Transported in Tokyo

Ravinder at Shibuya

Arriving at Tokyo Station on a Sunday morning, the crowds were manageable, but still crowds.  The shops underground sell mochis and bento boxes. There are bakeries and candy stores, for all the commuters to snack at, before they get on their trains.  Tokyo is an amazing story in efficiency. How can it be possible that the trains work so flawlessly, and that everything is so clean? On top of it, people give me polite smiles and try to answer questions when I get lost in the underground mazes.  Personnel at the little shops are so incredibly polite, it is almost unnerving, mainly because you know that in real life nobody can be that obsequious and helpful.  Does playing that role eventually wear a person out, and make them resentful? It doesn’t seem like it, in the most livable city on the planet.

I love Tokyo.  I am here on a short one-week trip, to give some lectures at Nihon University.  Based in a little hotel room near the Shōnandai Station, I can get to anywhere in the city (or maybe the planet) seamlessly.  When I was here some 5 years ago, people had flip phones with little ornaments hanging off them. Now the phone gazers in the trains have iPhones and similar models that don’t accommodate the charms.  At the shops, women wear their work costumes, and talk in high pitched voices to outcompete the polyphonic synthesized music jingles that come from the trains, and supermarket speakers. This whole city has the atmosphere of a giant pachinko machine.  The metal balls are like moving people with an electricity that dominates this massive metropolis.  Here cute kitschy items are commonplace. At the university there is a little colorful magnetic animal that you place by your name, to let you know whether you are in the office, in a classroom, or out to lunch.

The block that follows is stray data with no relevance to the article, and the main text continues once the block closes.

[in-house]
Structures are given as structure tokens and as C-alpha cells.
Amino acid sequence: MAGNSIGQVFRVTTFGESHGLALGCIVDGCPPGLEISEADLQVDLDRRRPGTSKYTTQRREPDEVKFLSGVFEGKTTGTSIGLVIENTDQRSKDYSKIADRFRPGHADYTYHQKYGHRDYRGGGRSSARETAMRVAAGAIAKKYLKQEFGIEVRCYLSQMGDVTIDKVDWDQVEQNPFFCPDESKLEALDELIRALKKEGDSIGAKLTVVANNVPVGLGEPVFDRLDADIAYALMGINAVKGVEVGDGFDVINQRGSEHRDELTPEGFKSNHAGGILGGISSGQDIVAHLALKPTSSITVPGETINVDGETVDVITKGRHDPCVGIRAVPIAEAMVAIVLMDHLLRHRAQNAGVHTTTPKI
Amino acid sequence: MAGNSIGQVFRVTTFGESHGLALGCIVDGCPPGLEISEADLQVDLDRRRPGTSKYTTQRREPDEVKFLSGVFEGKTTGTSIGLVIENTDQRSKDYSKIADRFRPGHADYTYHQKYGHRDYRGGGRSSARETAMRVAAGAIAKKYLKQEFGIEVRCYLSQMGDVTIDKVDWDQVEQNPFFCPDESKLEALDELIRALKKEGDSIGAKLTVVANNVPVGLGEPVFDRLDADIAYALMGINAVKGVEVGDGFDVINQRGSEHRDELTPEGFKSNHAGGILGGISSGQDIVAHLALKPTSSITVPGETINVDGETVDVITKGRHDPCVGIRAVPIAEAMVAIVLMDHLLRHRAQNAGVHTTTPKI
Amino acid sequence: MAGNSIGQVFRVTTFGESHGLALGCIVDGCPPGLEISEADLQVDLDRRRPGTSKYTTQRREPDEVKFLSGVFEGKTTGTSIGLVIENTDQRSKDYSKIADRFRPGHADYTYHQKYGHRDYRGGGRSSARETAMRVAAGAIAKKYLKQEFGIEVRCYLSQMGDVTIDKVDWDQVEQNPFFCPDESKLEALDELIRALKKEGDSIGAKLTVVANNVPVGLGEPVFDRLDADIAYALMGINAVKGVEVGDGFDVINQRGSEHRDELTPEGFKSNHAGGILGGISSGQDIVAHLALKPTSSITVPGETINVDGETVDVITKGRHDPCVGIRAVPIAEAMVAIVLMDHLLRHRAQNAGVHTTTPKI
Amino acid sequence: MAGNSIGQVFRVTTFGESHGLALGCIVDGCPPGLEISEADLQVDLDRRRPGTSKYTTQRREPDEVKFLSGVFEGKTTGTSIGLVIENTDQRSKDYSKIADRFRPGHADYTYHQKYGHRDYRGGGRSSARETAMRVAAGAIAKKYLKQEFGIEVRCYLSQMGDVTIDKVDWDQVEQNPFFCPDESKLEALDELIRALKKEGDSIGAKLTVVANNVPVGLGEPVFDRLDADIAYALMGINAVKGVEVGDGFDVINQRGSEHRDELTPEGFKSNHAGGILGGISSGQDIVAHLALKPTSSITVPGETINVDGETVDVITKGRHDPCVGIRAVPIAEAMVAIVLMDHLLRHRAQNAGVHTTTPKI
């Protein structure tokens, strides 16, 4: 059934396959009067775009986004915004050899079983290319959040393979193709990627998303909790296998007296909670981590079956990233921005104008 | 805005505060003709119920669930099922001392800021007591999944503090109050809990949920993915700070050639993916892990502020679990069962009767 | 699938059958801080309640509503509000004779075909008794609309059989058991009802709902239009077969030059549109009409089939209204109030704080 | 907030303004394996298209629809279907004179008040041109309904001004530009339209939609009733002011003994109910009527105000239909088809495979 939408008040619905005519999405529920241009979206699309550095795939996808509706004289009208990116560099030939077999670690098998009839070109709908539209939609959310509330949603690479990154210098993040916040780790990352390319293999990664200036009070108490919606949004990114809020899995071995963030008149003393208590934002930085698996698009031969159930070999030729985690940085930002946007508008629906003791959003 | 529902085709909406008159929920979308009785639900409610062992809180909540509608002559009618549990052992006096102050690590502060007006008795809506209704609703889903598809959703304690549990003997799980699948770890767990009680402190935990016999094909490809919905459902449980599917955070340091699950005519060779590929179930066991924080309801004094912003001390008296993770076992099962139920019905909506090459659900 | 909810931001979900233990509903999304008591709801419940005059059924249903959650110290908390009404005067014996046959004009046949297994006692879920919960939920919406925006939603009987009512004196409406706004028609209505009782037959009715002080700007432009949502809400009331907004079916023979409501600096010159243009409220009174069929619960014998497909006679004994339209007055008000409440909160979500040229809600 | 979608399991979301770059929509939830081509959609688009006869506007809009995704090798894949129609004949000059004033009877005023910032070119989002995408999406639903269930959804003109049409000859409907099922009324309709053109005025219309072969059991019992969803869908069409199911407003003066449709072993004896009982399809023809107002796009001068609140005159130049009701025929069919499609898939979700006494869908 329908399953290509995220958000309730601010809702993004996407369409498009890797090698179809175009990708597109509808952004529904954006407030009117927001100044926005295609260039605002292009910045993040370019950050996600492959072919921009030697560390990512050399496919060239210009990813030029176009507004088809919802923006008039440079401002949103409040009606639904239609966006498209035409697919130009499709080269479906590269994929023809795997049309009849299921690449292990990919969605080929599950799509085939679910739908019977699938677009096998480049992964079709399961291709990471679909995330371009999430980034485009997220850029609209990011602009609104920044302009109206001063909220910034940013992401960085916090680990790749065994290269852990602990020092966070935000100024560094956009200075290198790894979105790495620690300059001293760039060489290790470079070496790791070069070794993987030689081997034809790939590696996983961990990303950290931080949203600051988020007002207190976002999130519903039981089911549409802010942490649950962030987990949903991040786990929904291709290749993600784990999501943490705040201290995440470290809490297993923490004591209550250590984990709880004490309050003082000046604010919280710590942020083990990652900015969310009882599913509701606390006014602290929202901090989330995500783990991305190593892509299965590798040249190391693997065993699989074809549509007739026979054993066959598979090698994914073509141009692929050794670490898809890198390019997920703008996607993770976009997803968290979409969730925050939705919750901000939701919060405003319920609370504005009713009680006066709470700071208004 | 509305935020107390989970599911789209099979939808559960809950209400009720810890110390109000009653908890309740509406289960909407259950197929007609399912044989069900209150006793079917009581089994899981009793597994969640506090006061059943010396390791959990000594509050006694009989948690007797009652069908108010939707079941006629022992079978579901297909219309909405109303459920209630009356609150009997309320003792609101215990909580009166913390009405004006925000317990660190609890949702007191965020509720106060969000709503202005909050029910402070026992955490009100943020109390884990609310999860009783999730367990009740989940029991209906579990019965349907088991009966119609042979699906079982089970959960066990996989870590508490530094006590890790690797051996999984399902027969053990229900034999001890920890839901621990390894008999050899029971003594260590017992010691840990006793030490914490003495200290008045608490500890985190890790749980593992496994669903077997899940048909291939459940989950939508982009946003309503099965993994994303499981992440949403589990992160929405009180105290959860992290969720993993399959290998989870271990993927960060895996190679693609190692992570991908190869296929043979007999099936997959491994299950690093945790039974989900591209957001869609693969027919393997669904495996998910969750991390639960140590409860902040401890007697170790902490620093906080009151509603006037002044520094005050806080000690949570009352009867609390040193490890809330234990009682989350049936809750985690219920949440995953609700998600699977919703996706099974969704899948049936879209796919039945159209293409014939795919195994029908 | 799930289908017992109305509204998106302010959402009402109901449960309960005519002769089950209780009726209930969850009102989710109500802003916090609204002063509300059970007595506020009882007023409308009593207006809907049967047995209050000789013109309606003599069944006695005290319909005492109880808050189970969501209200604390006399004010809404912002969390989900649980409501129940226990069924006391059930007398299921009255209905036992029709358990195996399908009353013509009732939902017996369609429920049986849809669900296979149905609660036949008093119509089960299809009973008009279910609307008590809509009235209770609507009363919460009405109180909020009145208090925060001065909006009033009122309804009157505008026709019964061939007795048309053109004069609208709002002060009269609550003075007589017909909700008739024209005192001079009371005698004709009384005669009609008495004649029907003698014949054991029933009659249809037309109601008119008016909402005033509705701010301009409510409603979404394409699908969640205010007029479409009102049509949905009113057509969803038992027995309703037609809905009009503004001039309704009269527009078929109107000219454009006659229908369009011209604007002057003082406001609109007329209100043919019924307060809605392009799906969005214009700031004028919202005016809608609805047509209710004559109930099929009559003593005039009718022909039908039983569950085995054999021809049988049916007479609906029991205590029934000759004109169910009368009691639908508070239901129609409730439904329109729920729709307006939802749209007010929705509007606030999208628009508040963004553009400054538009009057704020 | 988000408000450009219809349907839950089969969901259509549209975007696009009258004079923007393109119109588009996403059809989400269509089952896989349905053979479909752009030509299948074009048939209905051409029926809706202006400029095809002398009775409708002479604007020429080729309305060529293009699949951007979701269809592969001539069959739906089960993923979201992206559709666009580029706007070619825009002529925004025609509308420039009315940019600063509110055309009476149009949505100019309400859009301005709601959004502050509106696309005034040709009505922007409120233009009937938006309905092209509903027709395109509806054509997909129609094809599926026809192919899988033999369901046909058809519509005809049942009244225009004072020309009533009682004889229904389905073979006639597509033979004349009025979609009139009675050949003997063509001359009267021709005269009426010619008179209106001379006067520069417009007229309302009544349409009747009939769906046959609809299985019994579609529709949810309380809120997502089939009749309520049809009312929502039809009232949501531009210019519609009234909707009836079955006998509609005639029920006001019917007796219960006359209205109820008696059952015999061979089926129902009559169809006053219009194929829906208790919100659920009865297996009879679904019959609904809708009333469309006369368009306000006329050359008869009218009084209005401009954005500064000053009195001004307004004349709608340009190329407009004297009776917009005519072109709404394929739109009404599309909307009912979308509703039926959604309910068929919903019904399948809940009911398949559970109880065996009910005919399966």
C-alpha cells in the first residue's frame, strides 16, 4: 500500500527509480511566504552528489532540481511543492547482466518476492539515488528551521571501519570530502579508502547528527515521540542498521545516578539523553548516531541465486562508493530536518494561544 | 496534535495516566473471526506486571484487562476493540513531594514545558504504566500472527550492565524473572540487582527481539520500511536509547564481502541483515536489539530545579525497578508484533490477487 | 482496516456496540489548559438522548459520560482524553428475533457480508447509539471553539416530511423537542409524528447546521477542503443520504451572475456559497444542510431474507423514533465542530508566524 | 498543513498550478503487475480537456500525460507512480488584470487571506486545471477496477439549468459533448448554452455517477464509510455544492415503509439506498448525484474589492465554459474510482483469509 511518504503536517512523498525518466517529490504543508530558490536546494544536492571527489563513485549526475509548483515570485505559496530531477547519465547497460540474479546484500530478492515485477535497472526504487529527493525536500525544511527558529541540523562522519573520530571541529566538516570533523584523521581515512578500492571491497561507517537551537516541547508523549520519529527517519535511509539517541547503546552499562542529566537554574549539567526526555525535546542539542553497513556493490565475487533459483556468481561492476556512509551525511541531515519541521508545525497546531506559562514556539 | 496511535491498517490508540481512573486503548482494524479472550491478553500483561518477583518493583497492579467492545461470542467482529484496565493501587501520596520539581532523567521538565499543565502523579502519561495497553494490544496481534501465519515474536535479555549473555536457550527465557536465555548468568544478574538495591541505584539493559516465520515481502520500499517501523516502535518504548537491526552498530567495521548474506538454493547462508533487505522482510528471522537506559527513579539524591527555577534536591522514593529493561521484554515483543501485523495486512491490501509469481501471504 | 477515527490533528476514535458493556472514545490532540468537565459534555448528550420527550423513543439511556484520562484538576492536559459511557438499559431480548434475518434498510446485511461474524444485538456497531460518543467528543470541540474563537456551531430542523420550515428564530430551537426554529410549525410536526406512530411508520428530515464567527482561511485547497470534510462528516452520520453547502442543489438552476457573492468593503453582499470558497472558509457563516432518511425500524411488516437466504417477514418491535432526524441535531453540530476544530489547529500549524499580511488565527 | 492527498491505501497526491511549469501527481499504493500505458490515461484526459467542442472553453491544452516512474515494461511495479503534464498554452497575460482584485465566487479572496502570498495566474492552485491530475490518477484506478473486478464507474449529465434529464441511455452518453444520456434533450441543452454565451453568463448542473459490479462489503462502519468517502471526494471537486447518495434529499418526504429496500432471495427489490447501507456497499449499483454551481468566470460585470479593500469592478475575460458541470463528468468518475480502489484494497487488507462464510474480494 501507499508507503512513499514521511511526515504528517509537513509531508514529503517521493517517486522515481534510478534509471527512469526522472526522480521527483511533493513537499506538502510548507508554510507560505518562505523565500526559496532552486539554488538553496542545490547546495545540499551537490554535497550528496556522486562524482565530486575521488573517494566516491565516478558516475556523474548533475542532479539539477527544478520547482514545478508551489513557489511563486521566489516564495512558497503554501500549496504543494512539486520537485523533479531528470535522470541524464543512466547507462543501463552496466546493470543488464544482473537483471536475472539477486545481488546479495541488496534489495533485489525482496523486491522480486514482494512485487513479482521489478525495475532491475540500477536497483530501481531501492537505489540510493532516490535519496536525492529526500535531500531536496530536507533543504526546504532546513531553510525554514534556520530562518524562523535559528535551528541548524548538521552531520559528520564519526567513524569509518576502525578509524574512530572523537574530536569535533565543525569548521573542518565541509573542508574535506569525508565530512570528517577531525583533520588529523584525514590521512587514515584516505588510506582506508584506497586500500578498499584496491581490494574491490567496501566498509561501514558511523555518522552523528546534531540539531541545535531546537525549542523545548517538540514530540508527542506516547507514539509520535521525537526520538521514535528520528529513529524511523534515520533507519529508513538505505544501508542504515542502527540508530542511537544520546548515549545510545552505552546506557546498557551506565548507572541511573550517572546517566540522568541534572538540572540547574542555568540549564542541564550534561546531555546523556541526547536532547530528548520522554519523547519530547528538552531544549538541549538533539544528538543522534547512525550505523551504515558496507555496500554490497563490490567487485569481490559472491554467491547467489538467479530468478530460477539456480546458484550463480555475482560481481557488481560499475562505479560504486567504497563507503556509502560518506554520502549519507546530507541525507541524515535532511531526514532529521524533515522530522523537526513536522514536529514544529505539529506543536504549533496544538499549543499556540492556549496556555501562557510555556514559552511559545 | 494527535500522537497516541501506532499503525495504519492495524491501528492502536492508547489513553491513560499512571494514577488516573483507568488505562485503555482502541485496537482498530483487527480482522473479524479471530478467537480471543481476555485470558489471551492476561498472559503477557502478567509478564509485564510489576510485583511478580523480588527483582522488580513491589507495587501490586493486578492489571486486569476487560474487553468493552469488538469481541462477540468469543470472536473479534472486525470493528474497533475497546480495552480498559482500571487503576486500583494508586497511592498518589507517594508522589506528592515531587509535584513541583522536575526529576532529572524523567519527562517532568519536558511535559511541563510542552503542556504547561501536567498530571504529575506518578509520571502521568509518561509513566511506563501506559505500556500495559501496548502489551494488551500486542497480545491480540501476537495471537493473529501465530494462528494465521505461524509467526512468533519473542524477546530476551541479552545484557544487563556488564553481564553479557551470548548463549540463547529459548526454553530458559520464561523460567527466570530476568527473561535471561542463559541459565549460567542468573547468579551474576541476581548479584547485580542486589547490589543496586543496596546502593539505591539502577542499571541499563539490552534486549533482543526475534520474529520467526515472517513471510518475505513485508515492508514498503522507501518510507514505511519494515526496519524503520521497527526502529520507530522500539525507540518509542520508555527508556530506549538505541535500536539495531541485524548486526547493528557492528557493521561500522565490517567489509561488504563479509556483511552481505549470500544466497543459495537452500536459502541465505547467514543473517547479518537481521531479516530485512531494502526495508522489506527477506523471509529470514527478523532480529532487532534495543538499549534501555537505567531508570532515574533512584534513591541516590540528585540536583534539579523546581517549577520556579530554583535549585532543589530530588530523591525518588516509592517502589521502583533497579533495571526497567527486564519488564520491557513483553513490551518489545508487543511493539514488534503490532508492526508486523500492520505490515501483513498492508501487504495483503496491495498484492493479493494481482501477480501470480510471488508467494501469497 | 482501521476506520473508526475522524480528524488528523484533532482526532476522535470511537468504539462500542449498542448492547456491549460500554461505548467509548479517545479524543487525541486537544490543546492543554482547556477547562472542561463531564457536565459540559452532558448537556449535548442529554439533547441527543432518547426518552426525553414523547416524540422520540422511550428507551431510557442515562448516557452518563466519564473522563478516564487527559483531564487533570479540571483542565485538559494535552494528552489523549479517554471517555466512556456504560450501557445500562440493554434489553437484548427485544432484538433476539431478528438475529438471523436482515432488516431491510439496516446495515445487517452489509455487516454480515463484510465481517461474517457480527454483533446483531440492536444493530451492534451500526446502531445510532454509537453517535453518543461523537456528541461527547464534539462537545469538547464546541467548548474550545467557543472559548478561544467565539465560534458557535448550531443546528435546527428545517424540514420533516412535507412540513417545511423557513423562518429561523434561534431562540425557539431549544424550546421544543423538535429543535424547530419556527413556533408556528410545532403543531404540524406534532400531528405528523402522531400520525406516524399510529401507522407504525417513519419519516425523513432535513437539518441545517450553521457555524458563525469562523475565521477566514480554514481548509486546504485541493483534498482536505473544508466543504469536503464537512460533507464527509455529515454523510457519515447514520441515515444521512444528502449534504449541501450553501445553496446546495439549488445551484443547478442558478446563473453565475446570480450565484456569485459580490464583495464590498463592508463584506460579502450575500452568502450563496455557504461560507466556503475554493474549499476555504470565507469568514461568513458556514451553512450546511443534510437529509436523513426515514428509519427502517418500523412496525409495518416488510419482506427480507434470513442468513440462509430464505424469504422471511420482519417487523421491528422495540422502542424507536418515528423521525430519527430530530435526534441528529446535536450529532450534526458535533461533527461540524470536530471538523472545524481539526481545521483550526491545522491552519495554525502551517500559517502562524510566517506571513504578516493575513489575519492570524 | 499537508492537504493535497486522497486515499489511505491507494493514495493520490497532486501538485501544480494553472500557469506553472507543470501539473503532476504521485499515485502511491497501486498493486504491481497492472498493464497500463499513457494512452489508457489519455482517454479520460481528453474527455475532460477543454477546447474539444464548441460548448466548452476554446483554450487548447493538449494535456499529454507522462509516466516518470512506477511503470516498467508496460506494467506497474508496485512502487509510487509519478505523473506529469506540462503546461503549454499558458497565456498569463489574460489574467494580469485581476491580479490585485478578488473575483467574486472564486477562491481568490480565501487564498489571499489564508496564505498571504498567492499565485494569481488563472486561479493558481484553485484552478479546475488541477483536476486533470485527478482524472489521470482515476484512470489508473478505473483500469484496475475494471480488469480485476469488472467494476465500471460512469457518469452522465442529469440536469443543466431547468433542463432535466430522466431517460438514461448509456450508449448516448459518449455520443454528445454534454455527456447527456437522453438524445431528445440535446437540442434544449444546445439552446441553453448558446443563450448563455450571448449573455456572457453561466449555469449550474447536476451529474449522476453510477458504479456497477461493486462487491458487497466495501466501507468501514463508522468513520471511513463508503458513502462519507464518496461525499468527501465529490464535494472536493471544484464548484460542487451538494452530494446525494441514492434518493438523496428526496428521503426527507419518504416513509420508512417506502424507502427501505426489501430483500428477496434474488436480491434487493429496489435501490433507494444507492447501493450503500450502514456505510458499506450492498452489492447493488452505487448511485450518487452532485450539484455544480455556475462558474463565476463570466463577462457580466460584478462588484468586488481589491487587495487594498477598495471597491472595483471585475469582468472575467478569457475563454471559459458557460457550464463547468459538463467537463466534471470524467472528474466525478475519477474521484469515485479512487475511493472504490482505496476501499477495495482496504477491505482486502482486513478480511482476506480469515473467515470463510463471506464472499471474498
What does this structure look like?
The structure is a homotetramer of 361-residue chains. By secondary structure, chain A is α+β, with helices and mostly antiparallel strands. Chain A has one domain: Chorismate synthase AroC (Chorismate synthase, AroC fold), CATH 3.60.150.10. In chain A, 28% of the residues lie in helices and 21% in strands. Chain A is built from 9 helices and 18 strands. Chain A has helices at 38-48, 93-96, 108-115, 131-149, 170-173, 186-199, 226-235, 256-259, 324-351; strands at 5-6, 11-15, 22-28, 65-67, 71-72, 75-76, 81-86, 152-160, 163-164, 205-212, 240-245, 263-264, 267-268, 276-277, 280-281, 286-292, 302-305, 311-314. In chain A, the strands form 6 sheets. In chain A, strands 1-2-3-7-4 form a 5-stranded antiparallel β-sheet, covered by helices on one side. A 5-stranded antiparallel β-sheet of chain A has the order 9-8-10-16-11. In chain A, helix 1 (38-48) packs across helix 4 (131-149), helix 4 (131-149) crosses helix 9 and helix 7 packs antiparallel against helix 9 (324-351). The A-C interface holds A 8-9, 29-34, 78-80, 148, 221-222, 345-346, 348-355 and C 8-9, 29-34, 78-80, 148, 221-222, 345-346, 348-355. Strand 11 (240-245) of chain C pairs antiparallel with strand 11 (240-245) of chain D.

As with everyone else that I know, the people I’ve met in Japan are surprised and disappointed by the USA election results. This is a homogeneous society, with few immigrants, so it is not simple to compare the two countries.  This Japanese culture is rich in traditions and societal norms. Today’s USA was built by immigrants, including many Japanese, and is incredibly diverse.  But what is remarkable to me is that modern Japan renewed itself and came out of the second world war as a powerhouse. Based on my experiences here, people have respect for the environment, and nature.  I haven’t seen overt rudeness, but the opposite; a sincere respect for other people.  I can’t say the same for the USA where I am constantly shocked by the trash in the parks and on the streets of San Francisco.  I haven’t seen homeless people here, but I read that there are approximately 1600 homeless in this city of 16 million.  San Francisco has about 6 times that number in a population less than 1 million.  I would like everyone in the USA to visit two megacities, Tokyo and Delhi (the most polluted city on the planet), and then vote again.

Vegetable sushi, tempura, soba noodles, mochi, tofu and pickled vegetables make a vegan happy.  At Ninja restaurant, I had a vegan tasting menu, with all dishes creatively displayed, and Ninja accented waiters performing magic tricks.  A boat ride down from Asakusa to the lovely Hama-rikyu gardens frames the tall skyscrapers and gives great views of both the Skytree and Tokyo Tower.   Shibuya, with its renowned mega-crosswalk, also has the statue of Hachiko, the faithful dog who returned to the station every day to wait for his owner, years after the owner had died.  The statue represents undying loyalty and faithfulness in one of the most hectic busy places in the world.  Small surprises like this make it ok to be sentimental and small in the technical universe of Tokyo.

Ravinder with Hachikō at Shibuya Station



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